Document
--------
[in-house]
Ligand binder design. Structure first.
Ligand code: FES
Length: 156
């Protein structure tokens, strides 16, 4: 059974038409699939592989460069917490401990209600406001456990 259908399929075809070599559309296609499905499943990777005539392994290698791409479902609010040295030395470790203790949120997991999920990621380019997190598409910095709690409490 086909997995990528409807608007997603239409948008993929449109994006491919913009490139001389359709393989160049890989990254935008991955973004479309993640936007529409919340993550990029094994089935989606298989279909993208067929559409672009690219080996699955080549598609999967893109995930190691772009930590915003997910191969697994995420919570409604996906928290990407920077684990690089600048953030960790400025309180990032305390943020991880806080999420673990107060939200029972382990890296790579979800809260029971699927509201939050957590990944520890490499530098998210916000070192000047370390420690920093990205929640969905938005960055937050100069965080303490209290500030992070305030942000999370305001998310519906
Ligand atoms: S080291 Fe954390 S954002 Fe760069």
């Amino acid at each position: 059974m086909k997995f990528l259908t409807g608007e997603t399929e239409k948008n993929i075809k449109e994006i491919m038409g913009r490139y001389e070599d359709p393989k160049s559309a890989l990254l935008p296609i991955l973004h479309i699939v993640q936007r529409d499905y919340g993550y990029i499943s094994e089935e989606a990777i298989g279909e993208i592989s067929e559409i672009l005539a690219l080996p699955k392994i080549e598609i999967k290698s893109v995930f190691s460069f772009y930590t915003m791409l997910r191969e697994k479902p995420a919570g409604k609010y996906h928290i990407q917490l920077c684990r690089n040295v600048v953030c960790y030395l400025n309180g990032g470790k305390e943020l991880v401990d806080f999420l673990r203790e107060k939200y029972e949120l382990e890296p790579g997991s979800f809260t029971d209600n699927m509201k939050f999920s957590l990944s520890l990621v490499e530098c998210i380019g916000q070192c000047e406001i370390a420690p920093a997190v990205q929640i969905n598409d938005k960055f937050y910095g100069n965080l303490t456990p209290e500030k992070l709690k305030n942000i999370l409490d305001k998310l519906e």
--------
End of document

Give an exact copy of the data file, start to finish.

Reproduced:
[in-house]
Ligand binder design. Structure first.
Ligand code: FES
Length: 156
């Protein structure tokens, strides 16, 4: 059974038409699939592989460069917490401990209600406001456990 259908399929075809070599559309296609499905499943990777005539392994290698791409479902609010040295030395470790203790949120997991999920990621380019997190598409910095709690409490 086909997995990528409807608007997603239409948008993929449109994006491919913009490139001389359709393989160049890989990254935008991955973004479309993640936007529409919340993550990029094994089935989606298989279909993208067929559409672009690219080996699955080549598609999967893109995930190691772009930590915003997910191969697994995420919570409604996906928290990407920077684990690089600048953030960790400025309180990032305390943020991880806080999420673990107060939200029972382990890296790579979800809260029971699927509201939050957590990944520890490499530098998210916000070192000047370390420690920093990205929640969905938005960055937050100069965080303490209290500030992070305030942000999370305001998310519906
Ligand atoms: S080291 Fe954390 S954002 Fe760069």
């Amino acid at each position: 059974m086909k997995f990528l259908t409807g608007e997603t399929e239409k948008n993929i075809k449109e994006i491919m038409g913009r490139y001389e070599d359709p393989k160049s559309a890989l990254l935008p296609i991955l973004h479309i699939v993640q936007r529409d499905y919340g993550y990029i499943s094994e089935e989606a990777i298989g279909e993208i592989s067929e559409i672009l005539a690219l080996p699955k392994i080549e598609i999967k290698s893109v995930f190691s460069f772009y930590t915003m791409l997910r191969e697994k479902p995420a919570g409604k609010y996906h928290i990407q917490l920077c684990r690089n040295v600048v953030c960790y030395l400025n309180g990032g470790k305390e943020l991880v401990d806080f999420l673990r203790e107060k939200y029972e949120l382990e890296p790579g997991s979800f809260t029971d209600n699927m509201k939050f999920s957590l990944s520890l990621v490499e530098c998210i380019g916000q070192c000047e406001i370390a420690p920093a997190v990205q929640i969905n598409d938005k960055f937050y910095g100069n965080l303490t456990p209290e500030k992070l709690k305030n942000i999370l409490d305001k998310l519906e």